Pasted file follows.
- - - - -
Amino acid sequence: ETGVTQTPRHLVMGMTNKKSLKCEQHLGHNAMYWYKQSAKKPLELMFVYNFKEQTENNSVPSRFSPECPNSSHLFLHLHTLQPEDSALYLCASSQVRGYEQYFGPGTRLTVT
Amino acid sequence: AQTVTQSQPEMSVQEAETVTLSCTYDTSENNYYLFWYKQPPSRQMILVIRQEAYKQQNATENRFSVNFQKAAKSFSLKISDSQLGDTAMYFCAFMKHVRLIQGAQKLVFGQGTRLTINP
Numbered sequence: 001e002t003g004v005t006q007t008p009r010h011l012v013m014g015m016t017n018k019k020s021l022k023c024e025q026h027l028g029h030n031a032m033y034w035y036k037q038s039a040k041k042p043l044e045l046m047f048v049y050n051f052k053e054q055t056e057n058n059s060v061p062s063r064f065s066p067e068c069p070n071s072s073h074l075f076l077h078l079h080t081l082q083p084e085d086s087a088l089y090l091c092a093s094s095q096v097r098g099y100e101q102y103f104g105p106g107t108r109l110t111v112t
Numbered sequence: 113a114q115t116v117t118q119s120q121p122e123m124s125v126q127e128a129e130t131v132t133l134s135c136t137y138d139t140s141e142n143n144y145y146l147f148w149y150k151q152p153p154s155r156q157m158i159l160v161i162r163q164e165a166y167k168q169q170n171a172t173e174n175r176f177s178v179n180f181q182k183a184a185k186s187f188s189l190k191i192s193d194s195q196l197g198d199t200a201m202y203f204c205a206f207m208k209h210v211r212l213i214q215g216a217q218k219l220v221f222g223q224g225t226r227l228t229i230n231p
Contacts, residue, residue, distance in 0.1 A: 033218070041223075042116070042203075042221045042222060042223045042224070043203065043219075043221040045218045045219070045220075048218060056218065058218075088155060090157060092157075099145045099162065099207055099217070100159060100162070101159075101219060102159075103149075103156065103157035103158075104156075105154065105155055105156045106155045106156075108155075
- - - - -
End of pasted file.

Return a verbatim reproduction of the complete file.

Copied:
Amino acid sequence: ETGVTQTPRHLVMGMTNKKSLKCEQHLGHNAMYWYKQSAKKPLELMFVYNFKEQTENNSVPSRFSPECPNSSHLFLHLHTLQPEDSALYLCASSQVRGYEQYFGPGTRLTVT
Amino acid sequence: AQTVTQSQPEMSVQEAETVTLSCTYDTSENNYYLFWYKQPPSRQMILVIRQEAYKQQNATENRFSVNFQKAAKSFSLKISDSQLGDTAMYFCAFMKHVRLIQGAQKLVFGQGTRLTINP
Numbered sequence: 001e002t003g004v005t006q007t008p009r010h011l012v013m014g015m016t017n018k019k020s021l022k023c024e025q026h027l028g029h030n031a032m033y034w035y036k037q038s039a040k041k042p043l044e045l046m047f048v049y050n051f052k053e054q055t056e057n058n059s060v061p062s063r064f065s066p067e068c069p070n071s072s073h074l075f076l077h078l079h080t081l082q083p084e085d086s087a088l089y090l091c092a093s094s095q096v097r098g099y100e101q102y103f104g105p106g107t108r109l110t111v112t
Numbered sequence: 113a114q115t116v117t118q119s120q121p122e123m124s125v126q127e128a129e130t131v132t133l134s135c136t137y138d139t140s141e142n143n144y145y146l147f148w149y150k151q152p153p154s155r156q157m158i159l160v161i162r163q164e165a166y167k168q169q170n171a172t173e174n175r176f177s178v179n180f181q182k183a184a185k186s187f188s189l190k191i192s193d194s195q196l197g198d199t200a201m202y203f204c205a206f207m208k209h210v211r212l213i214q215g216a217q218k219l220v221f222g223q224g225t226r227l228t229i230n231p
Contacts, residue, residue, distance in 0.1 A: 033218070041223075042116070042203075042221045042222060042223045042224070043203065043219075043221040045218045045219070045220075048218060056218065058218075088155060090157060092157075099145045099162065099207055099217070100159060100162070101159075101219060102159075103149075103156065103157035103158075104156075105154065105155055105156045106155045106156075108155075